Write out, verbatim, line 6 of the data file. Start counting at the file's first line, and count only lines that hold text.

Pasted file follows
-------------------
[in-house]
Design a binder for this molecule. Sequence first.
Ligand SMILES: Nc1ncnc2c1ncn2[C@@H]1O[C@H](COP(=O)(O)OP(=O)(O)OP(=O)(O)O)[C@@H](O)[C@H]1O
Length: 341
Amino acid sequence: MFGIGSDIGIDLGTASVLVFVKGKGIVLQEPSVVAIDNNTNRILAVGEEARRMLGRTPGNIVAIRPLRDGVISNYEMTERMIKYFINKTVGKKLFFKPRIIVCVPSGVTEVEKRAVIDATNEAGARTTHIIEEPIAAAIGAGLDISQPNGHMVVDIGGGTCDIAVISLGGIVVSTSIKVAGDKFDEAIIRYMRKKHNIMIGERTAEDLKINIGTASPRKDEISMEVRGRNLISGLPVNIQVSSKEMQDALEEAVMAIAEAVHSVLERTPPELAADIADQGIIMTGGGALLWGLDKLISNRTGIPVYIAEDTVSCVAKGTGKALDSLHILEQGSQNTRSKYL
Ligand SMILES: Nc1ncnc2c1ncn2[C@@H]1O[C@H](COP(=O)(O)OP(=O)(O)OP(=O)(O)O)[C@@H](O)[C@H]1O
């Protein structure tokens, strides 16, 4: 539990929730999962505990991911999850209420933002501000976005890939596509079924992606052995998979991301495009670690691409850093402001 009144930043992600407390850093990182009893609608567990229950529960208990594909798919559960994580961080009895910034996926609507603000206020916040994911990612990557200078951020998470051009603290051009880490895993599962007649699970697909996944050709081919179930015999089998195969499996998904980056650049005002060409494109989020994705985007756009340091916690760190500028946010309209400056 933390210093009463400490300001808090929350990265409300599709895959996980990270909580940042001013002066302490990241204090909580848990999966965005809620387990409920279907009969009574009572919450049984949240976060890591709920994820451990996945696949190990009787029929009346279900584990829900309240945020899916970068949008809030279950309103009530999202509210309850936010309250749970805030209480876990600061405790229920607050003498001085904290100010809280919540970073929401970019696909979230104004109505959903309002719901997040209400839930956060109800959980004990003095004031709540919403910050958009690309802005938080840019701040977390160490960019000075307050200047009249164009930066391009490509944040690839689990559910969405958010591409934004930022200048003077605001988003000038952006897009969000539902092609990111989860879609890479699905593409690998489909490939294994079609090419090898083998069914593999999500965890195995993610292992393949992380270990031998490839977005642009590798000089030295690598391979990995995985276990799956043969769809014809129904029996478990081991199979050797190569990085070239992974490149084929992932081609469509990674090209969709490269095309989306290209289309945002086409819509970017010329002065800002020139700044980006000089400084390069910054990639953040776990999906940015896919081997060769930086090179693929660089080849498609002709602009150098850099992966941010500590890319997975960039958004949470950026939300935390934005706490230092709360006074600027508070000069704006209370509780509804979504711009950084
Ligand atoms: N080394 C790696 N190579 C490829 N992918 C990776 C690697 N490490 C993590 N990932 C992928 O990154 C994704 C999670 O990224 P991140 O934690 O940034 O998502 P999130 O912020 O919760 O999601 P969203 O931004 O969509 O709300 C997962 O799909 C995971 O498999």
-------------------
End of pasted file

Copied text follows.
Ligand SMILES: Nc1ncnc2c1ncn2[C@@H]1O[C@H](COP(=O)(O)OP(=O)(O)OP(=O)(O)O)[C@@H](O)[C@H]1O